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Lorraine Hansberry

  • Sometimes, I can see the future stretched out in front of me — just as plain as day. The future hanging over there at the edge of my days. Just waiting for me.

  • Ah, I like the look of packing crates! A household in preparation for a journey! ... Something full of the flow of life, do you understand? Movement, progress ...

  • Never be afraid to sit awhile and think.

  • There is always something left to love. And if you ain't learned that, you ain't learned nothing.

  • Seem like God don't see fit to give the black man nothing but dreams — but He did give us children to make them dreams seem worthwhile.

  • Children see things very well sometimes — and idealists even better.

  • It is difficult for the American mind to adjust to the realization that the Rhetts and Scarletts were as much monsters as the keepers of Buchenwald — they just dressed more attractively.

    • Lorraine Hansberry,
    • speech, Town Hall, NYC ()
  • Though it be a thrilling and marvellous thing to be merely young and gifted in such times, it is doubly so — doubly dynamic — to be young, gifted and black.

    • Lorraine Hansberry,
    • in Negro Digest ()
  • Yes ... weep now, darling, weep. Let us both weep. That is the first thing: to let ourselves feel again. ... Then, tomorrow, we shall make something strong of this sorrow.

  • I happen to believe that most people — and this is where I differ from many of my contemporaries, or at least as they express themselves — I think that virtually every human being is dramatically interesting. Not only is he dramatically interesting, he is a creature of stature whoever he is ...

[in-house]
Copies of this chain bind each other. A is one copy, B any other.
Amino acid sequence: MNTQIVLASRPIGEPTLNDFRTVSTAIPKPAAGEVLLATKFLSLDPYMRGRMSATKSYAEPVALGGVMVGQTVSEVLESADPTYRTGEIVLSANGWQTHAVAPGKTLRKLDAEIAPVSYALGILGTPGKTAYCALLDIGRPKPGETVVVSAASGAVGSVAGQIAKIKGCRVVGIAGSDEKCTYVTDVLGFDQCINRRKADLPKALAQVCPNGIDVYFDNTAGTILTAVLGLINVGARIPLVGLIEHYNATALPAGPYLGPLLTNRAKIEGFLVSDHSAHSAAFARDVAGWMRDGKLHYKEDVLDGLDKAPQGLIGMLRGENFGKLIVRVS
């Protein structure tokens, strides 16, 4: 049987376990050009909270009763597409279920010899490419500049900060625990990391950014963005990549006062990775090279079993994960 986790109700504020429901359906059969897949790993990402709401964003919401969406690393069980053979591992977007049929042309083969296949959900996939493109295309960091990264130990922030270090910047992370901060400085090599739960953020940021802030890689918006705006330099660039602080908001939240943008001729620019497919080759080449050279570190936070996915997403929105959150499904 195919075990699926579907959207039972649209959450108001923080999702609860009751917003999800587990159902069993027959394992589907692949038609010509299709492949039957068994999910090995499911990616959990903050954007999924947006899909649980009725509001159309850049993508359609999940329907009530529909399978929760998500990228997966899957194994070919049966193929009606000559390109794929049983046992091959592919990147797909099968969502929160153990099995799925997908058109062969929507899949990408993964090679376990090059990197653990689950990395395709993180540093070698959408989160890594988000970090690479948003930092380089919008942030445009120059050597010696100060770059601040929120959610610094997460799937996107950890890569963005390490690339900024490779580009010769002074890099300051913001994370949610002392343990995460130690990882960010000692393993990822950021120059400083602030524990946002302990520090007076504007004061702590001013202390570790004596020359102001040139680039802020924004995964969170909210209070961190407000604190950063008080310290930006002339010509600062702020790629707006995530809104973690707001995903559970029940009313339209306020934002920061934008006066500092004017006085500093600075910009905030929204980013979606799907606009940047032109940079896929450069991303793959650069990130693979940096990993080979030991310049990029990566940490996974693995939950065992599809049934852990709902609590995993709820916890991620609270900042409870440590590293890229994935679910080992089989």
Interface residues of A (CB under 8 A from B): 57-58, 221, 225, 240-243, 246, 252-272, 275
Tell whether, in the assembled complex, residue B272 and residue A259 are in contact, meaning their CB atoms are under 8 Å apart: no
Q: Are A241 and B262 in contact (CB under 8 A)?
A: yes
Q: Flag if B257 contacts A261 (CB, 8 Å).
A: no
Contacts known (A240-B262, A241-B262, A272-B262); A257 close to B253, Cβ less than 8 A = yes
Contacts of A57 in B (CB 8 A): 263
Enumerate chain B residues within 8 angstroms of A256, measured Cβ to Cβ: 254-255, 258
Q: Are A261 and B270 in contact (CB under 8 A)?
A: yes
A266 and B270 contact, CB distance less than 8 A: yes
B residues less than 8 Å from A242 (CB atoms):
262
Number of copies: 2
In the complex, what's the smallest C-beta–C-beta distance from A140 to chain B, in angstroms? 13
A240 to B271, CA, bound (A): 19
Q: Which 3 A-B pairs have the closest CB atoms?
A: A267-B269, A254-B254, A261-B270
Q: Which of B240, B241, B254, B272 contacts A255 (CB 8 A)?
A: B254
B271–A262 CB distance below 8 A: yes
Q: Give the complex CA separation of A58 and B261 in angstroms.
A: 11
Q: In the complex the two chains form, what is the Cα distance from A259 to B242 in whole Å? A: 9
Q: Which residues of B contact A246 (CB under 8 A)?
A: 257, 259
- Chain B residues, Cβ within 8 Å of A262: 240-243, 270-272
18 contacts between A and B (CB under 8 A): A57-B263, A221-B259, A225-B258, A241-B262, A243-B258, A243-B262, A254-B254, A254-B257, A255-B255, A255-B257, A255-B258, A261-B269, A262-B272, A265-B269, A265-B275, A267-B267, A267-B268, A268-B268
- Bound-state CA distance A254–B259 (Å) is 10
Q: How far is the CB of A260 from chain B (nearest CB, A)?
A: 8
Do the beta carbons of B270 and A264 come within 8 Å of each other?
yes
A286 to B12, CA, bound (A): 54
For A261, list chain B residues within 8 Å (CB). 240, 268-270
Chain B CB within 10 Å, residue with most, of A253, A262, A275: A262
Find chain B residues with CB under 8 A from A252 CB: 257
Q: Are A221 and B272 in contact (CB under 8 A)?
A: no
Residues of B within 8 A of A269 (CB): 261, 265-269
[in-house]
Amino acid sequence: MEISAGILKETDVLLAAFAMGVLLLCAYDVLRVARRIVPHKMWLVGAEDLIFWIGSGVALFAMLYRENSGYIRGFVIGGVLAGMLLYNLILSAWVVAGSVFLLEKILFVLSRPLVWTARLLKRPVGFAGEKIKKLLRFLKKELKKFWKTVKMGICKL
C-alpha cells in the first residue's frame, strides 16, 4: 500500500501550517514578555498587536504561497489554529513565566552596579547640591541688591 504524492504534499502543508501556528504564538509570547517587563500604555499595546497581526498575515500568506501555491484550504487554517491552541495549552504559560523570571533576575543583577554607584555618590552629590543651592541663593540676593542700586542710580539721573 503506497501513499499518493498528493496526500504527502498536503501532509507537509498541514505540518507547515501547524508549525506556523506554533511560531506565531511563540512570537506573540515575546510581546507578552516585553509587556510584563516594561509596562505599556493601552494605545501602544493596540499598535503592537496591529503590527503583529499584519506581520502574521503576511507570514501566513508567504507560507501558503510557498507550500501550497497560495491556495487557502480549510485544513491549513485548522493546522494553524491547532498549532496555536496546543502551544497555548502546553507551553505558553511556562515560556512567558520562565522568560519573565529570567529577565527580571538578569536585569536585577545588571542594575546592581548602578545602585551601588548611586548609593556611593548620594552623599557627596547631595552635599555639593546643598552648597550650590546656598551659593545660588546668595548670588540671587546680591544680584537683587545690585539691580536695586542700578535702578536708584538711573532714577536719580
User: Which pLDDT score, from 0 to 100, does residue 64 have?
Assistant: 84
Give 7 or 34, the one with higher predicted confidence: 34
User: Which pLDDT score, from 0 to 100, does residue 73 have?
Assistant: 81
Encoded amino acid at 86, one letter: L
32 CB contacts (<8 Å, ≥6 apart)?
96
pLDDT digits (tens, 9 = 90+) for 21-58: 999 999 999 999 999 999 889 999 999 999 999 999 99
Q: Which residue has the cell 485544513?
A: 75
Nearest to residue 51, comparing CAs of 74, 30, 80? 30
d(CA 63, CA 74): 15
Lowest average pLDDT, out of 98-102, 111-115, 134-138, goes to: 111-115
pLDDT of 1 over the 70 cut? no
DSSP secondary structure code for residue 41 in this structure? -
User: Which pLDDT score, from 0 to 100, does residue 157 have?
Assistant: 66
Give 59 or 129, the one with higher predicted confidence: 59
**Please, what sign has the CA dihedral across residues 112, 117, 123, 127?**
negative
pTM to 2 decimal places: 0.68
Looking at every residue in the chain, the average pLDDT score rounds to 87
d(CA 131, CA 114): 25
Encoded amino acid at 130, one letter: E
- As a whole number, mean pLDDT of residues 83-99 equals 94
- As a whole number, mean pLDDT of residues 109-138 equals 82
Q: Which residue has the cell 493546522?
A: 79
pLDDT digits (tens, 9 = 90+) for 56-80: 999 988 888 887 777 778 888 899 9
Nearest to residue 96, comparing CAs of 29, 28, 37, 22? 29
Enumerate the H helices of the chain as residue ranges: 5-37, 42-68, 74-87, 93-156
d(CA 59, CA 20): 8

• Lorraine Hansberry,
    • in Robert Nemiroff, ed., To Be Young, Gifted and Black ()
  • I believe that one of the most sound ideas in dramatic writing is that in order to create the universal, you must pay very great attention to the specific. Universality, I think, emerges from truthful identity of what is.

    • Lorraine Hansberry,
    • in Robert Nemiroff, ed., To Be Young, Gifted and Black ()
  • Eventually it comes to you: the thing that makes you exceptional, if you are at all, is inevitably that which must also make you lonely ...

    • Lorraine Hansberry,
    • in Robert Nemiroff, ed., To Be Young, Gifted and Black ()
  • American straightforwardness is almost as disarming as Americans invariably think it is.

    • Lorraine Hansberry,
    • in Robert Nemiroff, ed., To Be Young, Gifted and Black ()
  • Ball points belong to their age. They make everyone write alike.

    • Lorraine Hansberry,
    • in Esquire ()
  • I think that the human race does command its own destiny and that that destiny can eventually embrace the stars.

    • Lorraine Hansberry,
    • in The New York Times Theater Reviews ()
  • When a man knows that the abstraction ten exists — nothing on earth can stop him from looking for the fact of eleven.

  • A woman who is willing to be herself and pursue her own potential runs not so much the risk of loneliness as the challenge of exposure to more interesting men — and people in general.

  • I think that the glorious thing about the human race is that it does change the world — constantly. The world or 'life' may seem to more often overwhelm the human being's capacity for struggling against being overwhelmed which is remarkable and exhilarating.

  • The grim possibility is that she who 'hides her brains' will, more than likely, end up with a mate who is only equal to a woman with 'hidden brains' or none at all.

    • Lorraine Hansberry,
    • "In Defense of the Equality of Men," in Sandra M. Gilbert and Susan Gubar, eds., The Norton Anthology of Literature by Women ()
  • Obviously the most oppressed of any oppressed group will be its women.

    • Lorraine Hansberry,
    • 1959, in Adrienne Rich, "The Problem of Lorraine Hansberry," Blood, Bread, and Poetry ()

Lorraine Hansberry, U.S. playwright, writer, civil rights worker

(1930 - 1965)

Full name: Lorraine Vivian Hansberry.